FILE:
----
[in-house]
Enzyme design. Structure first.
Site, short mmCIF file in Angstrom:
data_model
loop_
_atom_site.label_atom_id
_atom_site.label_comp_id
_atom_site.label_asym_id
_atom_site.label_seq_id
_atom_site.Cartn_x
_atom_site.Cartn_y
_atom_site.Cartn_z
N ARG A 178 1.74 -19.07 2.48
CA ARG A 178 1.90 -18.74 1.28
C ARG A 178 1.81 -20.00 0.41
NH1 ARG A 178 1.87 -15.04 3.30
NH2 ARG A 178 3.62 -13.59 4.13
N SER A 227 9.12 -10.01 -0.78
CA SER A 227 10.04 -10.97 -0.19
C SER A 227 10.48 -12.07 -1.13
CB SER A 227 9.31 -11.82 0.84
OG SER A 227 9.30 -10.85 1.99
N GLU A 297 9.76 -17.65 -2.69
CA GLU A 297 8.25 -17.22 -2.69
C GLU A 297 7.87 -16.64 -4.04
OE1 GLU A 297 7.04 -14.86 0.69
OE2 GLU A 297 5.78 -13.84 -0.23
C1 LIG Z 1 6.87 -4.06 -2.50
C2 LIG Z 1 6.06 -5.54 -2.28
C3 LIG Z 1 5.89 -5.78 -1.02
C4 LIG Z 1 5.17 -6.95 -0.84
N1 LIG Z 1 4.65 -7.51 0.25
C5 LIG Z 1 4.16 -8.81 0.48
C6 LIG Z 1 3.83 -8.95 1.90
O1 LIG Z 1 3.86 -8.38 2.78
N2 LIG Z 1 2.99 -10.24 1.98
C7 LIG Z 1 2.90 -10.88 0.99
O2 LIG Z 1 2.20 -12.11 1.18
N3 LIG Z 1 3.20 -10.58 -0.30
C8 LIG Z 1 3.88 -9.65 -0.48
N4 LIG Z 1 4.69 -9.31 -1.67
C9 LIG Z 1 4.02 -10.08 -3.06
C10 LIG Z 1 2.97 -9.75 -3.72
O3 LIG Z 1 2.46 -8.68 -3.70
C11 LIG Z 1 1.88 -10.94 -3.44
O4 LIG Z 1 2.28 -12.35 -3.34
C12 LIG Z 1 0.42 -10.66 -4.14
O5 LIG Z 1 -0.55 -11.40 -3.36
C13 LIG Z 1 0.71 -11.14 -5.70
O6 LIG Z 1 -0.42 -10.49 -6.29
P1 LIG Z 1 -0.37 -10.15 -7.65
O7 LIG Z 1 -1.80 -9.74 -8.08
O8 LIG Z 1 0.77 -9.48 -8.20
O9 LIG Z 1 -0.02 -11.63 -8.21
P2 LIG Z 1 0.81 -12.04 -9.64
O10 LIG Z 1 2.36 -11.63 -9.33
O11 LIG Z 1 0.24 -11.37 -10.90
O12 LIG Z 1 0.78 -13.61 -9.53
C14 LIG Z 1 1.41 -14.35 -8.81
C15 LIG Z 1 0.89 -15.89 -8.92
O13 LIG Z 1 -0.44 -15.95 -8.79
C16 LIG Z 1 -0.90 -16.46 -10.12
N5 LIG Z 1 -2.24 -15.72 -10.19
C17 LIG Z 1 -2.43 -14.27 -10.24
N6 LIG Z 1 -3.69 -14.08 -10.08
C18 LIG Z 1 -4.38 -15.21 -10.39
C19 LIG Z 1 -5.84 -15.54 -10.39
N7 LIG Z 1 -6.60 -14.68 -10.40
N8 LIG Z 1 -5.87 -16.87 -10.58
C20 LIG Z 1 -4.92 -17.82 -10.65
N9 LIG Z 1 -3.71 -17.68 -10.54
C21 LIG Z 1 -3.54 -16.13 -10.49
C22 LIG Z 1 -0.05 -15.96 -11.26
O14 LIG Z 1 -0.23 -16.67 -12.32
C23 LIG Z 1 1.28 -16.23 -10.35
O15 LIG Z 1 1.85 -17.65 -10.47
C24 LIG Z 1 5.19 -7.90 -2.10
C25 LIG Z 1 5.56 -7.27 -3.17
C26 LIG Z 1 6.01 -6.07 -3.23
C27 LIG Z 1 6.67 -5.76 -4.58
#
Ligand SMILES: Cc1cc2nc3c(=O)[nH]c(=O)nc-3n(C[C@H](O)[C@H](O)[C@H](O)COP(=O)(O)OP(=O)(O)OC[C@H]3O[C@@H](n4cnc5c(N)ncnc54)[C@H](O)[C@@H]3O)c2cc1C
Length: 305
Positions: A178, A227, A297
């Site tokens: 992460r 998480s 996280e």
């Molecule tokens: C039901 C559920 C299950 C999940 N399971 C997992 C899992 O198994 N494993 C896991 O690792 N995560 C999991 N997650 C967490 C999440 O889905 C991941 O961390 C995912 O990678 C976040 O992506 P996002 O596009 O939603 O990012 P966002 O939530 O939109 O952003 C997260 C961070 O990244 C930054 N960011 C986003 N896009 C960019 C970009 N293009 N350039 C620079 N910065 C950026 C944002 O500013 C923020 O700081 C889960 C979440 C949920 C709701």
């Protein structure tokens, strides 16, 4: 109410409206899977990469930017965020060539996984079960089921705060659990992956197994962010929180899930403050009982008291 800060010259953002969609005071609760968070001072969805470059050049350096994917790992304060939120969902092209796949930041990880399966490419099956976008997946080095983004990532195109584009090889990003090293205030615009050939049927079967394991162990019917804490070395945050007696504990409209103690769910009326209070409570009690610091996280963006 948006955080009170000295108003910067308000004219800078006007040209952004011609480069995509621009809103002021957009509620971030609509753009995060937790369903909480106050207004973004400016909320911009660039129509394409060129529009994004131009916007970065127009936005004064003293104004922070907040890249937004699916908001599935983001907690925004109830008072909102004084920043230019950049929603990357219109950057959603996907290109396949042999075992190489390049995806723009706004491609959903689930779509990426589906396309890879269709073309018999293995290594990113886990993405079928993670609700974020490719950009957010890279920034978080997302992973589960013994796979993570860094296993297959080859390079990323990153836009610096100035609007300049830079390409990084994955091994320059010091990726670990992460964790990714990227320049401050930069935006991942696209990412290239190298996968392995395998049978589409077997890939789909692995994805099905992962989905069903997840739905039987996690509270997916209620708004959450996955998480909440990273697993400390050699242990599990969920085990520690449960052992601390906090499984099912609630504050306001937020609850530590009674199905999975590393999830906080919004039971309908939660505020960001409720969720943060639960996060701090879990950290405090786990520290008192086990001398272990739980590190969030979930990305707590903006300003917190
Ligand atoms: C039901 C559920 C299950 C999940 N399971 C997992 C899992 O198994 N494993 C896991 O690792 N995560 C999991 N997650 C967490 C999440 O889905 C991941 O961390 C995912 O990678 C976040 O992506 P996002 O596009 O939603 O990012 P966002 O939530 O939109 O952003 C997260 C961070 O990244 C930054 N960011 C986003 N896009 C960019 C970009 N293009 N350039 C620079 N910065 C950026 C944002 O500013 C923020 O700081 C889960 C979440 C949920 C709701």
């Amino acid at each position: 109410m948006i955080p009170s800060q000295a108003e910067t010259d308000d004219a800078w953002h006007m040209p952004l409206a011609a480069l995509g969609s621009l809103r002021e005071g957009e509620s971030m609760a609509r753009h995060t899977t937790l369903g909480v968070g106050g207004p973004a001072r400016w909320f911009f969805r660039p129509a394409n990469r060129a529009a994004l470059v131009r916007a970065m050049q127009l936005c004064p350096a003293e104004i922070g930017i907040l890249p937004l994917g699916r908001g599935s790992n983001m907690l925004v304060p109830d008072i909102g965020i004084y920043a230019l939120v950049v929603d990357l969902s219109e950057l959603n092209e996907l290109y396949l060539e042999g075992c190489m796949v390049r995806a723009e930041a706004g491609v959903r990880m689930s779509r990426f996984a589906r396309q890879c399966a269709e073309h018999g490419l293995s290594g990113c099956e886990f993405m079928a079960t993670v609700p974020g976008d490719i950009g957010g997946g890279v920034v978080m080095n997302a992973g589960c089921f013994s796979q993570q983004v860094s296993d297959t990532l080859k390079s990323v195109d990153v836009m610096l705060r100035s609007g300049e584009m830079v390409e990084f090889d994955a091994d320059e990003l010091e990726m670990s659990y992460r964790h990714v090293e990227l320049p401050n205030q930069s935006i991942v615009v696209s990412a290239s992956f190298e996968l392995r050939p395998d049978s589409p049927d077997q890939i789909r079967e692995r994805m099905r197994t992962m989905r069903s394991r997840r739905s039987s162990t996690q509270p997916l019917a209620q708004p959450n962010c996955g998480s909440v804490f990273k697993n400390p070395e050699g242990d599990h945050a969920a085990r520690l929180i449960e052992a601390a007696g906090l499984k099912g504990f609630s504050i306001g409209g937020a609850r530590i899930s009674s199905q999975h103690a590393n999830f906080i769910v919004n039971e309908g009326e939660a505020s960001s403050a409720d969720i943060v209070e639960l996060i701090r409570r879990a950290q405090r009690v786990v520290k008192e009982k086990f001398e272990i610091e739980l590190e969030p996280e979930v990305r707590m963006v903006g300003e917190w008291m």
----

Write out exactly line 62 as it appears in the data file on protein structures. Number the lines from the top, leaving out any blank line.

C16 LIG Z 1 -0.90 -16.46 -10.12